The Mason City Globe-Gazette from Mason City, Iowa on February 7, 1931 · Page 7
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February 7, 1931

The Mason City Globe-Gazette from Mason City, Iowa · Page 7

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Mason City, Iowa
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Saturday, February 7, 1931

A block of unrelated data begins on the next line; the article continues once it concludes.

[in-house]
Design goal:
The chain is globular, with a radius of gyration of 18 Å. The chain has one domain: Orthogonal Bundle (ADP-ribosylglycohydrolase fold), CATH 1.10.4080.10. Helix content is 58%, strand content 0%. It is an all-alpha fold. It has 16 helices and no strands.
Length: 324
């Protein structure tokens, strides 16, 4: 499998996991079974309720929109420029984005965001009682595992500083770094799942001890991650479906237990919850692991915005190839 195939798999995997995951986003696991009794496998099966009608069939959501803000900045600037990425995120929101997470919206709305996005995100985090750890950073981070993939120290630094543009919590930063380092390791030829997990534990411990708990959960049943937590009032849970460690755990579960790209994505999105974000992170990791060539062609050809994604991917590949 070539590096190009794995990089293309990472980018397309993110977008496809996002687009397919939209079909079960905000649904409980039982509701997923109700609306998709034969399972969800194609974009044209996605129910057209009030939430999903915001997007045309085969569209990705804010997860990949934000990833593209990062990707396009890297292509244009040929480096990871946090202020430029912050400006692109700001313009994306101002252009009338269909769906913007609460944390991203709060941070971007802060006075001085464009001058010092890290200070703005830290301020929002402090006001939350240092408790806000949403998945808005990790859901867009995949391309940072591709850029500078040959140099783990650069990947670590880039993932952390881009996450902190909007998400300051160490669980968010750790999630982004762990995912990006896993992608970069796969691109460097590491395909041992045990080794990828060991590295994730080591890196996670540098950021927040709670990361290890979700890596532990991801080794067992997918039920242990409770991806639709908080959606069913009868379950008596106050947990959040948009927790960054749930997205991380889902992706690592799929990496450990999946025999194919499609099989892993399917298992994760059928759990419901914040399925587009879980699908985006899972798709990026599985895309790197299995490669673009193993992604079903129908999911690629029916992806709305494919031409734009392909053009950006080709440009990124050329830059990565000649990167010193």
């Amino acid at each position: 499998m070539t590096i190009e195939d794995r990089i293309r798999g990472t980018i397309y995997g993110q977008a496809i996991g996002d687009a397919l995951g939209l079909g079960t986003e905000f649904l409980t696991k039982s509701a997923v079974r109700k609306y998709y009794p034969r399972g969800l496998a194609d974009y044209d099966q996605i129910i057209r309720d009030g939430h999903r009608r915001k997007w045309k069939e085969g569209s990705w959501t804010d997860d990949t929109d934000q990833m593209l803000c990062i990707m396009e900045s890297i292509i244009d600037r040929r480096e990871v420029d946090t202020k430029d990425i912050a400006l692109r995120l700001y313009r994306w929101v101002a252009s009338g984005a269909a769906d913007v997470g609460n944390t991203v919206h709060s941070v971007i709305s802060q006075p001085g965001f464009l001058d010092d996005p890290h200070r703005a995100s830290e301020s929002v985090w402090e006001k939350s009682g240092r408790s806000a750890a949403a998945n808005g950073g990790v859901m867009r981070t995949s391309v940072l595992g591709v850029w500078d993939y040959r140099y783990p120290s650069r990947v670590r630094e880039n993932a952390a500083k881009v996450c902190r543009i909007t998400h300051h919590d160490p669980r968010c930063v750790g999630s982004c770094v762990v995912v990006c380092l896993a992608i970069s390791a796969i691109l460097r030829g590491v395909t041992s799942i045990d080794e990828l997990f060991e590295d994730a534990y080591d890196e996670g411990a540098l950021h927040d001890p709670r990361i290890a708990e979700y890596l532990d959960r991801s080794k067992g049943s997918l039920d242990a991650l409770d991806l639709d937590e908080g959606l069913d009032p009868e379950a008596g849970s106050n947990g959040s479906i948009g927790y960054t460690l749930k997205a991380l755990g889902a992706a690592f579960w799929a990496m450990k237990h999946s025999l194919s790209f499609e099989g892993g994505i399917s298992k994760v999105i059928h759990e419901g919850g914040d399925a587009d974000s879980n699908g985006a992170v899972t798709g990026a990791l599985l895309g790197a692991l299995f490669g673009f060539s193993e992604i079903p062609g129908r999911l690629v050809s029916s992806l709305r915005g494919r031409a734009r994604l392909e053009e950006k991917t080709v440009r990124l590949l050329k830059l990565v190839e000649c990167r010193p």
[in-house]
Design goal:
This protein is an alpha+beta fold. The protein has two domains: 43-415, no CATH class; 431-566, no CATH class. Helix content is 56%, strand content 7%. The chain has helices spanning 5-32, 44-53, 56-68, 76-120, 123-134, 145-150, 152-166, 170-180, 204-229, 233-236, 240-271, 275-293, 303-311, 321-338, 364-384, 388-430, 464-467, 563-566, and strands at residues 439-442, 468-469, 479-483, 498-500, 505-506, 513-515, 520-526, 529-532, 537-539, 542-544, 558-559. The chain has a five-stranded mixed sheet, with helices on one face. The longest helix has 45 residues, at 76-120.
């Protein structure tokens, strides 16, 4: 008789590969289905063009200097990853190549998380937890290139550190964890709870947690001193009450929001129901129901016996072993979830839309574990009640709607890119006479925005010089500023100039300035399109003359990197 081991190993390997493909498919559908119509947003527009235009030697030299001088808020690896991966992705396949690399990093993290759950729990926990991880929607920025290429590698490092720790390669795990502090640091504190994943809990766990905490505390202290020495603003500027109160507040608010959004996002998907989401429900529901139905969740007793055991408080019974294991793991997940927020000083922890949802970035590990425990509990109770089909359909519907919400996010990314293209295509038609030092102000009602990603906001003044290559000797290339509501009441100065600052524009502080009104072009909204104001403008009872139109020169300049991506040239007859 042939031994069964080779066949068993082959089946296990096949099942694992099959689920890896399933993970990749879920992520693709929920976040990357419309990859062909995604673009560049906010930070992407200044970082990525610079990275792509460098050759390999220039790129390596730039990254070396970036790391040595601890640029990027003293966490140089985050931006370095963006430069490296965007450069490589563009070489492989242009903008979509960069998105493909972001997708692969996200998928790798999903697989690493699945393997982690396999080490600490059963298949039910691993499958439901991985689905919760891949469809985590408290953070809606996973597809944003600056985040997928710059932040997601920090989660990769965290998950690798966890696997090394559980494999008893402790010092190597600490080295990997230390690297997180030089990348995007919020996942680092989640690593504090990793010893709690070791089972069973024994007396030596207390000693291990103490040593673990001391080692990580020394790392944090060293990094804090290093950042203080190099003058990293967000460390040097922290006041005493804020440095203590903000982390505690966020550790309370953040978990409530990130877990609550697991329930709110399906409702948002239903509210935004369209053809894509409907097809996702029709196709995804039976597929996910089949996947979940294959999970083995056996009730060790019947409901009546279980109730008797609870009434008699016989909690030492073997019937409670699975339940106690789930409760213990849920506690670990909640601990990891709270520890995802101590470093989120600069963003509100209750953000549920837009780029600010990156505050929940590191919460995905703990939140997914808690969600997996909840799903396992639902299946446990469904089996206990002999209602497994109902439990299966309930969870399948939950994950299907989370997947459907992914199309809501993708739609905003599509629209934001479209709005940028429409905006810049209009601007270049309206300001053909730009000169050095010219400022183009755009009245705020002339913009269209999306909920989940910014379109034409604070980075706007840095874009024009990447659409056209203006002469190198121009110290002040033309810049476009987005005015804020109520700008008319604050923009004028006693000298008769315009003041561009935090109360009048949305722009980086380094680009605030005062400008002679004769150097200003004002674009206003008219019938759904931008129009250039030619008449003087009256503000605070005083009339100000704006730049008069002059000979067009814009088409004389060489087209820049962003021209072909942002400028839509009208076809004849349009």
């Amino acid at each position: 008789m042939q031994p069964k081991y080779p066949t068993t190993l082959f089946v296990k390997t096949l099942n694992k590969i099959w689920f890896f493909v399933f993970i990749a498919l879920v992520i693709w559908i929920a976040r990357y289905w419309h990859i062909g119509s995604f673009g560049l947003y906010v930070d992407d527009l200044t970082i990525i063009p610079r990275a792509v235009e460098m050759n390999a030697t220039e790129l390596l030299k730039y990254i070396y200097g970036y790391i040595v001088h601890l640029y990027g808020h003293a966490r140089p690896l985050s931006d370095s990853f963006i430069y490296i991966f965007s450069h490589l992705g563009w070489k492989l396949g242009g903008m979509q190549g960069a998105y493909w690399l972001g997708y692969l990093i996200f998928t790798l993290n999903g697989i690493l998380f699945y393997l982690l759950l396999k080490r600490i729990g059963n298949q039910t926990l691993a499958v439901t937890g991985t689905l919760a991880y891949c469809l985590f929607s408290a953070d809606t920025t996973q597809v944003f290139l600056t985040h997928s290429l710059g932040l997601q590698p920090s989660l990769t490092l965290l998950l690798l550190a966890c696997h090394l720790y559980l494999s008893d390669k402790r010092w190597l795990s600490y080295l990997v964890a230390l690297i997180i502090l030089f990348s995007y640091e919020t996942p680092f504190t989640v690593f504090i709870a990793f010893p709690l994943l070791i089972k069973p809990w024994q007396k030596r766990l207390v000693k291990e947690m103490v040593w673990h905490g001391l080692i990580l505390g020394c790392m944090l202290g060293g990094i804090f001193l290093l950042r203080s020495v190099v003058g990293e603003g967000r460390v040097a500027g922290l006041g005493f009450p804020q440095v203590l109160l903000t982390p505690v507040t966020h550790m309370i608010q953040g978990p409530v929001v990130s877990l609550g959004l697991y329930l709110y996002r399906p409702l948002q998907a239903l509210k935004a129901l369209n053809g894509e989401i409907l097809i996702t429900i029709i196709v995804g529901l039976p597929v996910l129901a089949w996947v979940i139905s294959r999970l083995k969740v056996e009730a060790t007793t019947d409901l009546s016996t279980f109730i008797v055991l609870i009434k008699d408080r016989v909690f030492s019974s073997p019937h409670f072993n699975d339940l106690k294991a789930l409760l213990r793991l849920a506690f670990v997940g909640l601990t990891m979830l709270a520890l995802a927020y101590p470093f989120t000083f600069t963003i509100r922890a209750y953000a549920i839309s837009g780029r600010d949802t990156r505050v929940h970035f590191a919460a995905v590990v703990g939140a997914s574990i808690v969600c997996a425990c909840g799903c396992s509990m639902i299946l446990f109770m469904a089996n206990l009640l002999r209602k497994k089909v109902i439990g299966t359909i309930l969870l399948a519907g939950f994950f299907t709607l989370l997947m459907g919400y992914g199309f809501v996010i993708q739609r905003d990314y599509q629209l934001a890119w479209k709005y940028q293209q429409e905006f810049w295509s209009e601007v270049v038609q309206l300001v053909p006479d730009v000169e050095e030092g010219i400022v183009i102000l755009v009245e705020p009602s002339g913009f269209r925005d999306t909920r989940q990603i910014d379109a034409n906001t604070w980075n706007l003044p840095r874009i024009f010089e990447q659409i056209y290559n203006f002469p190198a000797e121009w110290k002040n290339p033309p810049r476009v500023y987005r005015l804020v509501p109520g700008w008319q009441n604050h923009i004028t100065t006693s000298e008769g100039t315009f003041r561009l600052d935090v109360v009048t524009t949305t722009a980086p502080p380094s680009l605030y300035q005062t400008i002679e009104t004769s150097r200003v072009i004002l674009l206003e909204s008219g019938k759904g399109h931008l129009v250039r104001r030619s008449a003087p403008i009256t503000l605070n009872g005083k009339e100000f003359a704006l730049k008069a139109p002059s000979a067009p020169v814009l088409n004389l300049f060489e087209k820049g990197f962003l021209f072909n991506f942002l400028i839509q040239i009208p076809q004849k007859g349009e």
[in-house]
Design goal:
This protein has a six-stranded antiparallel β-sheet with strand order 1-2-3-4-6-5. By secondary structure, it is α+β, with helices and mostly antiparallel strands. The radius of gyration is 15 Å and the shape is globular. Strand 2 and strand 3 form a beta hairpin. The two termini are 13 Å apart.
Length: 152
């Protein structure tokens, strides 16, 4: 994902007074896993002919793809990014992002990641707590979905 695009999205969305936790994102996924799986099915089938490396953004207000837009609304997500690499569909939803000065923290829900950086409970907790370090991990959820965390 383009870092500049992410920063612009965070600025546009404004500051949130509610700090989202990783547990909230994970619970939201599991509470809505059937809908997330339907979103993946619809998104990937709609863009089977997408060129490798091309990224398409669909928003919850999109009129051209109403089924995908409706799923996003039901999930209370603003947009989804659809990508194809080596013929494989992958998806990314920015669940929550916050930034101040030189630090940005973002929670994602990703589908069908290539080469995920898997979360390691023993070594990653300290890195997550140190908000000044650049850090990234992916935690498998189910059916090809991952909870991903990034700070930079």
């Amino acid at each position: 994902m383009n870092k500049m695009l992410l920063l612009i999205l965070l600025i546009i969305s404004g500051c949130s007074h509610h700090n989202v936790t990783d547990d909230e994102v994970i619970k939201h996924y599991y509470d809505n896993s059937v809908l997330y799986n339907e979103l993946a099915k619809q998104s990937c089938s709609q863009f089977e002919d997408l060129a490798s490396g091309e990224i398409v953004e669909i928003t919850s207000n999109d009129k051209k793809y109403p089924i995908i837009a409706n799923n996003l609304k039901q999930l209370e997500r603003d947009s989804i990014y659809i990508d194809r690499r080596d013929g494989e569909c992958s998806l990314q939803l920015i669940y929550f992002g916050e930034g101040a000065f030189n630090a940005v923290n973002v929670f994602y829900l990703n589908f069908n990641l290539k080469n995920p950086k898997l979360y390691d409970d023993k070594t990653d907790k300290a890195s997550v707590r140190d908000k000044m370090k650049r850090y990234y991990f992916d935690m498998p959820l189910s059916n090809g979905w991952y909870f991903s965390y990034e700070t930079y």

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U MASON CITY GLOBE-GAZETTE FEBRUARY 7 1931 Helene Heiderick, Editor Ruth Brown, Assistant Editor. THE AZETTE PUBLISHED ONCE A- WEEK--BY AND ABOUT MASON CITY'S PUBLIC SCHOOLS , VOL, 2 CLASS B FINALS 8:30 P. M. SATURDAY MASON CITY, IOWA, SATURDAY, FEB. 7, 1931 PLANS PROGRESS FOR PRESENTING OPERETTA HERE Victor Herbert's "The Fortune Teller" to Be Presented. Plans for the operetta, to be given by the high school and Junior college glee club under the direction; of Miss Ellen Smith are progressing rapidly. There are two performances scheduled, the first to be pven for the public on Tuesday March 17, and the second for tht nn ac S, e ^ s conven t"°n, Friday; March ^o. This operetta is one of Victor Herbert's .best and is called "Thu Fortune Teller." This drama has three scenes. I/ Courtyard of "opera house, ad- Joining- Ballet School. 2. Garden of the Chateau of Count Berezowski.' 3. Camp of the Hungarian arm near Budapest. There will be a chorus of II Junior college and high scnooi stu dents. Work on the gates, posts, step courtyard and other scenery is pro pressing- under the direction of Mr Harriet Crabb and Harold Palme The dances and ballet work are i charge of Miss. Helen Platt. Thi will consist largely.of toe and'clas sical dancing. Railroad Station Project Carried on at Washington NO. 20 TIME OUT! The junior college quintet has the distinction of being tie only team in the state which defeated the Fort Dodge Junior College five.. A.heavier freshman than the one named in last'week's column has been discovered. Kephart takes whatever laurels there are by scal- ·ing 180 odd pounds. Snell, Trojan forward, finally came out of his slump in the Eagle Grove game. After playing almost the entire season handicapped by injuries, the Trojan star Tung up one of the highest single averages of the year, making 15 points. His stellar work exceeded that of his running mate---Lane--who is .leading the Trojan scoring column for the season, to date. The finals of the practice tournament should see some sizzling hot basketball Miss Ethel EhJer's kindergarten classes at the' Washington school iave been working on a railroad station project and with their building- blocks have improvised a station including- waiting room, ticket, office and train. Dolls i nthe waiting room, tickets, telephone and other accessories give the project a realistic appearance. A trip to the Northwestern station was the climax of the project. Thru the courtesy of the employers the children saw a real waiting room occupied by real people and were given real tickets and went thru, a i yeal. train*, · , : · ; · · · ; . · '·.-."···.··. V, - ' / ' ' *-~' '^'' ~ ' - - - - ' The current B tournament is the third annual the high school has held. The first one was won by Mason City and the second was taken by Sheffield. AMERICAN' CLUB REVIEWS WORK OF PAST SEASON Nominations Made for New Officers; Election to Be Monday. An American club council meet ing was held Wednesday at -2:5( Dorothy Lynn gave the secretary report. The club feels well satisfie with its program this year. 1 Christmas party was given in De cernber for the members. Later Christmas tree and 50' present were given to the welfare leagu and $5 was donated to the Globe Gazette Christmas fund. Marsha have been on duty in the halls reg ularly and effectively. Catherine - Curtiss, social chair man, reported that she was plan ning a costume party to. be given i April. Definite plans for this will b announced later. Also'it was decided to arrange fo a display of curios at the school fo the benefit of the pupils in the nea future. Those appointed on the com STUDENTS TO REPRESENT MASON CITY IN CHORUS I'::O~! BY KIRK STUDIO ' ^ SCC CI fo HUGH DAVEY GENERAL CONTRACTORS AND BUILDERS Phone 874 15 2nd St. S. W. The junior college .Trojans are lolding down fourth place in the lawkeye "conference, according- to atest tabulations. The Trojans, who iave won five and lost three confer- ince games, play two conference IBS next week. These teams,, the Webster City and Marshalltown fives have both defeated the Trojans in earlier contests. Fort Dodge is holding- the-conference lead, having won eight games and losing only one. Sheldon, the team that has held the conference lead until they played Fort Dodge, is second, with Webster City a close third. Conference standings foUow: - TciLm--·* · ···"' '·. · . ; ""-· · * -~AV»*-V-I*, Fort i6dge-;..........8 1 Sheldon 6 1 Webster City 5 \1 Mason City 5 3 Emmetsburg .........4 - 4 Iowa Falls 1 l Marshaltown l 2 Eagle Grove 1 6 Boone 0 3 Estherville 0 4 Northwestern 0 5 elected in October for (year. The election will ' Monday. the entire take place European movie fans complain that they can't .understand what the actors are saying in American-made talkies. They don't know.how lucky they are.--Judge. i to Take Up Practices Monday for Game at Fort Dodge ,., The Mohawks have not been prac- only ticing since the Webster City game. *"···* ' Coach Gfimsley regards this stage of the season as the three-quarters mark and does not want the team to go stale. The Mohawks will take up practices Monday in preparation for their trip to.Fort Dodge. , " The trip is a long one, the locals playing Fort Dodge in a return game Friday, and then traveling to Sioux City to encounter Central high. The latter school is expected to provide the strongest opposition, altho the Dodger game could not be termed a set-up. The local wi'J be out for revenge for last year's defeat handed them by the Sioux City five. Central high handed the Mohawks their worst beating of the year during the last cage season. They also had the distinction of being the first quintet to defeat the Mohawkc, ...!.,, ^.^ .._ a rec0 r d of eight ..889 .857 .833 .625 .500 .500 .333 .143 .000 .000 .000 EAT HIGLEY'S LU X U S who had run up straight games. Today's Business Demand Is Skill ...BE TRAINED The Essence of Country Life *· A great deal of the InvigoratInK healUi giving countryside Is brought to the child in tho city through Pasteurized milk. Pasteurized milk service which brings you pure, fresh milk that Is whole- eorae and safe, Is the connecting Jink between country and city--It figuratively puta children Into tho heart of the country. Keep them robust and healthy by giving them Pasteurized milk every day. H E R M A N O N B R O S . D A I R Y PHONE C46 L-Y-O-N-S LAUNDERERS and DRY CLEANERS 600 Pep Assembly Held in Roosevelt School A pep assembly was held . by grades 6, 7 and 8 of the Roosevelt school Thursday morning in preparation for the basketball game between Lincoln arid Roosevelt boys Thursday night. Miss Pfahler, prin cipal, gave a short talk on "Sports manship" and Charlotte Pusch, Mar tha Haddy, Donald Poppen and Don Allen, cheer leaders, were in charge of school yells. Miss Fern Wilson boys' basketball coach, introduces the members of the first and sec ond teams. They are as follows Lloyd Farrer, Raymond Barr, Quin ton Dietz, Claude Heard, Donald Poppen, Teddy Knudson, Raymond Litzring-, Bernard Rose, Don Allen Donald Wolshe, Lewis Kipper, Clyde Barren and Winthrop Lincoln. 100 Per Cent Honor Roll Is Announced Those on the 100 per cent honor roll are Dorothy Cheesman, Rheon Woodward and Mildred Wilcox. An' zonetta Tobsing- . and Henriett. Shaner made the 40 word clu'o Those entering the 30 word club ari Dorothy Cheesman, Robert Walsh Alleyne Cagle, Arlene Bentz, Katharyn Manusos, Margaret Wolshi Helen Rausch and Violet C'ollen. Th. individual making the highest rec ord was Mabel Prusia with 4H. words with three errors. Rudd had the highest team average, 30 words with five errors. In the weekly test the third hour class was high with 27-7. Secono hour next with 24-7, and fifth hour with 22-5. Mrs. Edward Hunter Speaks at Meeting of College."Y" . Mrs. Edward Hunter talked before the college Y association ia the "Y" room Monday at 4 o'clock. She talked on relations in the home. She particularly stressed courtesy and honesty between members of the family. The remainder of the program presented by Bernadine Donaker, program chairman, included a vocal solo by Lois Meier and a French horn duet by Stanley Wilsun and Gilbert McEwcn. The devotional? were given by Erna Hansen, and a book review of "Jeremy" by Hugh Walpole, was given by Anita Chizek. B«STXX SENNETS Catherine Curtiss, senior, and Betty Senneff, a-junior in the Ma son City high school will represen Mason City in the national high school chorus, which will sing 1 at the sixty-first annual convention of the department of superintendents o: the National Education association to be held in Detroit, Feb.' 21-26. The. national high school chorus is comprised of 400 voices selectee by public school supervisors of music because of superior ability and training in vocal music. Miss Ellen Smith of the high school music department is training the two rep- ·esentativcs. High schools in 27 states wi.'l ie represented in the ctiorus, which vill be directed by Hollis Dann, irector of the department of mu- ic at New York University New "prk City. 10,000 to Attend. More than 10,000 educators will ttend the Detroit convention whero pproximately 3t)0 addresses on gen- ral and technical educational sub- icts will be made by the leading ducators of American public chool and colleges. Tho theme ot ie convention program is "Work- ng Together for the Children of America." The effect of the'eco- nomic depression on the schools, the daptation of the findings of the white house conference on child ealth and protection to the curri- ulum of the schools, new methods of teaching and school administration, and other important matters affecting the lives of 30,000,OOC American schol children will be considered at this important gathering Among the high spots of the convention program is an address by Rear-Admiral Richard E. Byrd, who will tell convention delegates and visitors of his 'expedition to the Antarctic. Upon this occasion^ Admiral Byrd will be . presented with thousands of letters written to him by school children by way of tribute to his spirit of high courage and adventure in the farthest southlandT Other Prominent Speakers. Other prominent speakers on the program include Gilbert Grosvenor president of the National Geographic Society; Richmond P. Hobson, Spanish American War hero and secretary-general of-the World Con- :erence on Narcotic Education; and William John Cooper, United States :ommissioner of education. Enter- :ainment features o{ tha program nclude an old time dance, music for vhich will be furnished by Henry Cord's Old Time dance orchestra; ind a dramatic presentation of. the development of the Detroit public schools. The" convention program is beinnr arranged under' the- -"direction of Superintendent Norman R. 'CrozierT o{ the 'Dallas, Texas, schools, who s president of the department of superintendents. Principles of Debate ' Randall, Sheffield Made Part of Eighth Schedule at Lincoln The elementary 1 principles of dealing are made a part of the ightli grade schedule at Lincoln uring the second semester each 'ear. This work is usually handled by he teachers of history, civics and cience. This year, however a new irrangement has been made. Alice Runyou Perkins, a Lincoln teacher and a former member of the Juu- or college debating team, is coach- ng the principals of elementary ar- rument. Six groups of eighth grade mpils, totaling in all 205, are get- ing this instruction. Three of the subjects now under consideration are: That each boy and girl should be required by his parents to keep an account of the way he spends his, noney; that England had a right :o tax the colonies, and that a radic s more essential in 'the home than a newspaper. Later other questions will be chosen. The. best debaters from thi: various teams will give a debate in the Lincoln auditroum in Marcn. ' Young people who were interested u public speaking and debate while in Lincoln school and wfio have lat- ;r made a creditable showing on the Mason City high school teams are: Dale Pattschull, Tom Yoseloff, Jeus Walker, Everet Angel, Raymond Hughes, Thayer Curry, Alleyne Cagle, Elizabeth Schmidt and Adrienne Kohl. Full Orchestra Will Play for P. T. A. Feb. 1.2 The full orchestra will play at the next P. T. A. meeting: Feb. 12 at the high school with Gerald Prescoft directing. Miss -Marjorle Smith has charge of the string instruments, there being 20 first violins, 16 seconds, five cellos and three string basses. Horns and reed instiument;. are chosen from the band. The contest numbers will be played including first movement of "The London Symphony by Hadyn, and "Liebe- stratim" by Liszt. Campers Meet Held at Y. M. C. A. Friday A camper's'meet was held at the Y. .W. C. A. Friday evening from 5:30 to 9 p. m. The meet was for the Girl Reserves who had attended the Methodist camp at Clear Lake the previous two years. The girls came dressed in camping outfits. The girls were served a lunch, games and swimming followed, Those in charge were as follows; Jean Swift, Faith Darland, Ruth Morgan, Margaret Vaughn and Mary Clark. Curio Collector, Visits High School J. P. Randall, Sheffield, brot to the high school last week his collection of old coins consisting of fractional currency and notes as well as his collection of polished rocks and other curios. The monev which ranged from a 3 cent piece to a 50 cent piece in paper money included'three continental bills dating back to 1776 and 1778, 15 old bank bills knowrn as wild cat money, a set of confederate bills from a 50 cent piece to a ?500 bill, also green back bills, silver certificates, U. S. notes and Federal Reserve notes. The large collection of silver coina included 3, 5, 10, 20, 25 and SO cent pieces and a great variety of quarters and half dollars. The students were especially interested in old % cent, 1 cent and 2 cent pieces in copper. The denominations of gold pieces in the collection are 25 cents, 50 cents $1, $2.50, $3 and ~$5 in TJ. S. money and half sovereigns and sovereigns in English gold coins. Moss, water, jasper and common agates, cornielians, moon stones, sardonicas, flower stones and ivory stones were among Mr. Randall's polished stone collection. A group of several species of petrmed clams and fossils, rattie snake rattles, a mountain lion's claw, a bear tooth and several other like curios was also displayed in the exhibit. Mr. Randall who has collected this exhibit over a period of 50 years presented his curios and talked briefly concerning them before the American history classes. Seniors Leading in Class Contest for Selection of Queen The senior class is leading the juniors by 1,500 votes in the race to decide which class of the high school will have the distinction of electing the basketball queen of the year. The^ queen will make her appearance during halves of the West Waterloo game, which is the last game on the Mohawks' schedule? The Charles City game on Feb. 20 is the only game leCt In which to cast votes for each class: Standings of each class in the school follow: Seniors, 10,500; juniors, 9,000; sophomores, 5,300;*frcshmen, 1,300. School Entries in Brain Contest Break Record IOWA CITY, Feb. 7--Even with the final checx not yet made, the record for number of entries in the annual academic contest for high schools has been broken by the registration of some 400 institutions. Drawing- more than 55,000 pupils into competition,' the every-pupll contest ia scheduled for May 5. JUDITH OVERBY TELLS STORY OF TRIP TO NORWAY School Librarian Gives Address Before High School Assembly. At-a Junior college assembly held Wednesday morning Miss Judith pverby, school librarian, gave an interesting account of her trip to Norway; The audience was deeply interested and listened attentively. The trains there are quite different from American trains, according to Misa Overby. Instead or having an aisle down the middle there is an aisle along- one side,- she said. The car is separated into booths seating six or eight persons. "If you want to get off the train and walk on the platform, that is your privilege while the conductor 'carries on a conversation with the station agent," she said. "The conductor does not announce the station. When you want to get off, you tell him either when you get on or just before reaching your destination." They Exchange Rings, "In Norway when two people wish to get married they just exchange rings instead of buying the ring for the girl." In discussing the theater in Norway the speaker said, "A't the theater .there is an intermission during which the audience may promenade in the lobby." Another custom which interested Miss Overby was the number of meal» eaten each day. About 7:30 coffee is served in bed. At 11 o'clock breakfast is served. At 2 o'clock dinner is served. -School is out at 2 o'clock and from that time on until 4 o'clock a great number take n nap. After the nap, about 4 o'clock afternoon coffee is served. About 8 o'clock supper is served. Caps Designate Class. "The caps worn by the students designate their class. Blue caps are worn by commercial~students, red ; 3y the junior college and black by the upper classmen." English la a favorite subject in **5j--schobk; Many _stwflents _ can : feak English very well. Play Presented at y Assembly in Monroe An assembly held at Monroe Fri- diy morning was in charge of Miss Myrna La Rue's eighth grade class. Adelia Woodward, class president, presided. Numbers were given by the room orchestra and the girls glee club. A play entitled "Flies Union" was dramatized by Mildred Kerdua, Helen Fishbeck, Mary Snook, Doris Wilson, Irene Holbroolc, Doris Harding and Phyllis Knapp. Introducing and concluding the play, Doy Baker and Emerson Wilkins sang a duet with words of original composition and suited to the theme. Talks were given by Adelia Woodword on "The Life of a Fly" and Harriet Currie on "How to Destroy Flies." The talks were illustrated by slides prepared by David Murphy and Albert Ericson. Several Get Letters at G,A. A. Club Meeting The G. ^A. A. club meeting which was to be held Friday night was given Friday morning because a musical concert sponsored by the grade teachers was given at 3 o'clock. The following girls were awarded letters and numerals: Peggy Senneff, Mary Woodworth, Faith Darland, Wilma Hawthwa, Virginia Koran, Lucille Pierce, Leota Mill- ness, Dorothy Wenchell, Arlene Hart, Esther O'Brian and Louise Duke. The program "Queen O' Hearts" was an original musical comedy and was in charge of Peggy Senneff. It was announced that "Harvard" %yon the class A tournament over "Notre Dame" 11-4. The G. A. A. cabinet meeting will be in charge of Ruth Sanders Monday. Dramatic Contest Winners Announced In the home contest for tne dramatic department held Tuesday. Jena Walker won first and Ke'i Leonard second in the oratorical division. Lois Warford won first and Robert Simon · second in the dramatic group and Elaine Snook first and Peggy Senneff second in the humorous section. Ken Leonard in the oratorical, Robert Simon in the dramatic and Peggy Senneff in humorous all won first in the sub-county contest held nt Plymouth for those who won second place in the home contest. P e ££y will also compete in tns county contest at Thornton Feb. 12. Those who won first places in the home contest wili compete in th* state preliminary contest at Rockwell Feb. 27. SCHOOL BRIEFS The teachers of McKinley school had a picnic dinner at the Boy Scouts camp McKinley Thursday. The Hi.Tri club will hold a council meeting- Monday at 7:30 p. m. at the Y. W. C. A. Miss Mildred Reishus, third grade teacher at the Washington school, was unable to be at her duties the first of the week due to sickness. The only new member of the 30 word club for Miss Price's class this week is Thelma Searle. Julia Di Marco, Margaret Hanson and Harry Chazen passed the 10 minute accuracy test. Julia Di Marco also wrote occurately for three minutes at 52 words a minute. Harriet Stubbs was the highest individual in the first hour class with 42 words a minute for 10 minutes. Miss Marie Kober visited relatives in Charles City over the weekend. The Lincoln science classes enjoyed the collection of fours of Erdix Swift Thursday morning. Raymond LaGasse, accompanied by Margaret Cooper, played a group of violin solos at the D. A. R. party held at the Ralph Lloyd Jones home Wednesday evening;. In Ontario there is a standing offer of ?25 bounty for each dead wolf. All you have, to do these day.i Is open the front door and blaze away,--New York Evening Tost. Salesmanship Class Organizes New Club A sales club of tne high school under the direction of R. E. Nyquist has bptn organized by the salesmanship class. The officers are as follows: President, John Taylor; vice president, Paul Trainor; secretary, Virginia Smith, and treasurer, Jim Britven. The purpose of this club is the practical application of salesmanship. The following committee chairmen we're appointed: Speakers committee, Eleanor MacDonald: publicity committee, William^ Fer- gruson;' sales project committee, Paul Trainor; house committee, Anuncion Rodiguez; ways and means committee, Dan Jones; committee on business relations, Max Romey, and stage committee, Lyle Maxon. Corect this sentence: "I'm very proud of my son," said the dignified old banker; "and 1 shall encourage his ambition~to play in a jazz orchestra.''--Davenport Ttmes. COMPANY, "incorporate" your sentiments in a Valentine of 155 tfenunM,Knui O95 So F«fer*l Ave. M, C, WINS FIRST DECISION DEBATE HELD WITH OSAGE Expert Judge Gives Locals Edge in Both Clashes of Meet. i The first decision debates of the high school season were held Thursday afternoon, when Osage met the locals at 1:45 and 4 o'clock. The Mason City negative case was argued by Arnold Tice and Dick Stevens. The affirmative was upheld by Marlys Taylor and Adrienne Kohl. Mason City won both decisions given by Carl Cowan, expert judge from Eagle Grove. Mr. Cowan's chief criticism of the debate can be summed up briefly in the following statements: "Osage did not clash with the affirmative case. It was the rebuttal of Mason City that really won the affirmative case for them. Osage's affirmative did not present enough proof to establish the main issues in view of the ueg-. ative attack." Tom Yoseloff and Virgil Shook, affirmative, and Bill Swanson and Thayer Curry, negative, of the Junior college met Luther college at Decorali Wednesday in a non-decision critic debate. David Nelson, coach of Luther college, and Guy Crosen acted as judges. Where Photographs are Supreme R U S S E L L S T U D I O Phone 2212 3. C. Penney Bldg. FOR-VALENTINE'S DAY A Gift For Her From-- .r^. ·-rr i ^T- ! WATCHES DIAMONDS HEATO For Furnace KENTUCKY Block-Lump Size .. BLACK HAWK $»f5O Biff Illinois Lump . £ W.CLMockCo. PHONE 563 When things are returned from the Ideal American, they're so beautiful. They look like new! · Ideal American ia better Laundry service . .. try it today. IT'S ft«« PHONE Ideal American Laundry Corner First Street S. W. and Washinjrton He must see well to learn, progress, and be happy. Unaided poor vision is a serious handicap. THE GHE/VT WHITE WAV TO HEALTH Take tho milk way to hcallh. It Is Ut most direct route to thosi. "Mntl.il nutrients for maintaining'the Sr£ n »?°?V n , lhl m ° re than a"* "her drink or rood, la rccommendea by physicians to those who arc ni. It keep, well people healthy just aa it builds up run down systems. p nln Sco milk you 8co that the children drink raouEh Ilk^very dny-aral ,! r i nk u resu ,^ SANITARY DAIRY PHONE